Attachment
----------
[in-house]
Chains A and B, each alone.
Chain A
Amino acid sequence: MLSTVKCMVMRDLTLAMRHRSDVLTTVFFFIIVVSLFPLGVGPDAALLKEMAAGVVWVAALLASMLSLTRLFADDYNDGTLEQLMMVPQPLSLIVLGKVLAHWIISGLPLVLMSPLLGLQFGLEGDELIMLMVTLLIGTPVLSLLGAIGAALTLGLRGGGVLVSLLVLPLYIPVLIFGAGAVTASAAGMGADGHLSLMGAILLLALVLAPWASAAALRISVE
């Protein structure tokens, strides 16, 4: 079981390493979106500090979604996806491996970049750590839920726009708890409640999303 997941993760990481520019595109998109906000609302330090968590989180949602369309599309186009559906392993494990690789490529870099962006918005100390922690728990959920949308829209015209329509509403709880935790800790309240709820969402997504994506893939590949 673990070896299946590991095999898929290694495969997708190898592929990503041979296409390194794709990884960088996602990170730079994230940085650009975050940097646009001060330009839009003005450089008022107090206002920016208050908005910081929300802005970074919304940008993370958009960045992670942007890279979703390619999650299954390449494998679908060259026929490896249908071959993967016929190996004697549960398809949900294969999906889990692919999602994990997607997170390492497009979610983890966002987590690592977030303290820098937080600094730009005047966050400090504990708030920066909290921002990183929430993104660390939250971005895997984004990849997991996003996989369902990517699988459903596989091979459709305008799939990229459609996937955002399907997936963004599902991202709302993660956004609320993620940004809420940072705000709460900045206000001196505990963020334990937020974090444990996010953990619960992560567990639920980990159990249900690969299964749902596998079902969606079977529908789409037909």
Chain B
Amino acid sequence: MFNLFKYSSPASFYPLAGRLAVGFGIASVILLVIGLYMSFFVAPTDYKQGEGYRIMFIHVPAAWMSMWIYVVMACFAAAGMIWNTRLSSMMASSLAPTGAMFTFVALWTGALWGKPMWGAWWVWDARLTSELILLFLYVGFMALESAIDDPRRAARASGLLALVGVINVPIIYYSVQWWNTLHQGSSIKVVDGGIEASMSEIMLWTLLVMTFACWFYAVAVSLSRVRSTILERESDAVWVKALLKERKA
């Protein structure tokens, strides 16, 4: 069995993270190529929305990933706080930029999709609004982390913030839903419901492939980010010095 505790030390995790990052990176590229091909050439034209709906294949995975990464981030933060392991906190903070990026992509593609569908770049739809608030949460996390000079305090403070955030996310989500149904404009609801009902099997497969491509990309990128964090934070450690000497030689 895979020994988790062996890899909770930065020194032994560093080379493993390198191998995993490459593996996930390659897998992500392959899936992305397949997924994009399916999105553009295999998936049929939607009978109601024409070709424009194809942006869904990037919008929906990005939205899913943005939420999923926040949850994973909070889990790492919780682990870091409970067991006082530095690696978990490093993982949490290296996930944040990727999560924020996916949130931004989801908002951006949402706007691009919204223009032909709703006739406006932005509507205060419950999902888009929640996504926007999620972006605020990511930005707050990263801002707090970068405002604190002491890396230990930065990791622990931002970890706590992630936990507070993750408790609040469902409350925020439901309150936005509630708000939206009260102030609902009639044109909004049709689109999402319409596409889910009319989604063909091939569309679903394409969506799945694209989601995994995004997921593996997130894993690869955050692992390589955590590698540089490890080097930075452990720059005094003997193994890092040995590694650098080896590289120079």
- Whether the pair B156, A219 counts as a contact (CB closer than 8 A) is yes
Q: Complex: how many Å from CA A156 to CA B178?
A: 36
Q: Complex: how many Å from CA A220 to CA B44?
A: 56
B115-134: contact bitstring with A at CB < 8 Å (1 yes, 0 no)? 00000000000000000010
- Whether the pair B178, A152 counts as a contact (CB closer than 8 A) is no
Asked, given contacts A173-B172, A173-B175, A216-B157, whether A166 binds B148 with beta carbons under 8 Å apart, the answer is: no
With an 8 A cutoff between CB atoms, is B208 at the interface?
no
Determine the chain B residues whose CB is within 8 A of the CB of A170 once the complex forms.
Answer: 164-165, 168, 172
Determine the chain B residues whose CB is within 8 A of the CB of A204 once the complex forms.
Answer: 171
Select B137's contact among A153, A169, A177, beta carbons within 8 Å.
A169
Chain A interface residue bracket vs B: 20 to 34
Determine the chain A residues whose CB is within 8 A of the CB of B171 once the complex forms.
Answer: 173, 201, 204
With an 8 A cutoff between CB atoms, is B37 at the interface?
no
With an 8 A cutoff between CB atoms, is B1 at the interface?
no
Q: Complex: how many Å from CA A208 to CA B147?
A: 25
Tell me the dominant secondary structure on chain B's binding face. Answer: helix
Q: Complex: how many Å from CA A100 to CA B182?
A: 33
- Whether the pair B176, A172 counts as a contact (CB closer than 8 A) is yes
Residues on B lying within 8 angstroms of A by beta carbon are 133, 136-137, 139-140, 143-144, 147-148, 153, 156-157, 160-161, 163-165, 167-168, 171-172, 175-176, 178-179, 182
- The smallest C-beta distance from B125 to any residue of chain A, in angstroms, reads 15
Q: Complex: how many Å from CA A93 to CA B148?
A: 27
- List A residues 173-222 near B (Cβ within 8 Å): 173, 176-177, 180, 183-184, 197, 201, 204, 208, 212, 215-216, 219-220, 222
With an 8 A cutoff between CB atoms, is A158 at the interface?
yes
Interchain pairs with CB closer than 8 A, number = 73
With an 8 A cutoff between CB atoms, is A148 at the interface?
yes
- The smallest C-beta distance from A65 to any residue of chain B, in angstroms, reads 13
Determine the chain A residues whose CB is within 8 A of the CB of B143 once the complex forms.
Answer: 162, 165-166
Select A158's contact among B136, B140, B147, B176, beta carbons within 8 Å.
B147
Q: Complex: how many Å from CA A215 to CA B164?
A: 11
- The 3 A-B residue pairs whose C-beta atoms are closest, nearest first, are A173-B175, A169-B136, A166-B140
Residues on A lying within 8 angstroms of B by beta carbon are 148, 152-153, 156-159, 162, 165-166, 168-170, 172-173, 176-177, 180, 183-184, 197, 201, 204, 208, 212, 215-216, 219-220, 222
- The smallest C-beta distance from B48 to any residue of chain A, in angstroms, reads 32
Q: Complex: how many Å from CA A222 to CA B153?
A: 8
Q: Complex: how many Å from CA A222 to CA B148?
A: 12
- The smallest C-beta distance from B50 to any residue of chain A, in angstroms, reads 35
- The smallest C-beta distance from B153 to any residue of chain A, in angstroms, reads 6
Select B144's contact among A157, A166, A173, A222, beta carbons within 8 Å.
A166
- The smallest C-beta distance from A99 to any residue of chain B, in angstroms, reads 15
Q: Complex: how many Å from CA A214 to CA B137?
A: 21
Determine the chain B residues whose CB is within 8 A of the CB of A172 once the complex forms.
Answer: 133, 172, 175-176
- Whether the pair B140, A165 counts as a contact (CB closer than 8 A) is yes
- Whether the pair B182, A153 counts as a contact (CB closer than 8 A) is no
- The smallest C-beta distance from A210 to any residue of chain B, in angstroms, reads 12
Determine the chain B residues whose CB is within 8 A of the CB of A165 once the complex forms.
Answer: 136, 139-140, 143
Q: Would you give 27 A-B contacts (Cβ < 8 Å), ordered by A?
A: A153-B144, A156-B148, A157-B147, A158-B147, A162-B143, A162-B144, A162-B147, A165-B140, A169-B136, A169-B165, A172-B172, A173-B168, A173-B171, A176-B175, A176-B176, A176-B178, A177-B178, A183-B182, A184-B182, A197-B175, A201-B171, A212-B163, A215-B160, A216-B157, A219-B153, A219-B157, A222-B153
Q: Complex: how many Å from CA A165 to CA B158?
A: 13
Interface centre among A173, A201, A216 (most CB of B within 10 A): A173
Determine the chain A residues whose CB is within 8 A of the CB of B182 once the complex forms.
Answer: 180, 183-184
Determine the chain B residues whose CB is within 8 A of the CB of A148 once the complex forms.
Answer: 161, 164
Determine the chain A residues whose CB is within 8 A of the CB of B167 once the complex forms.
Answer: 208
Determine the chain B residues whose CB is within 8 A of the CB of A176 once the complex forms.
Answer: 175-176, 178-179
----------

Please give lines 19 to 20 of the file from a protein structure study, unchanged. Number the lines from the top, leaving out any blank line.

Determine the chain B residues whose CB is within 8 A of the CB of A170 once the complex forms.
Answer: 164-165, 168, 172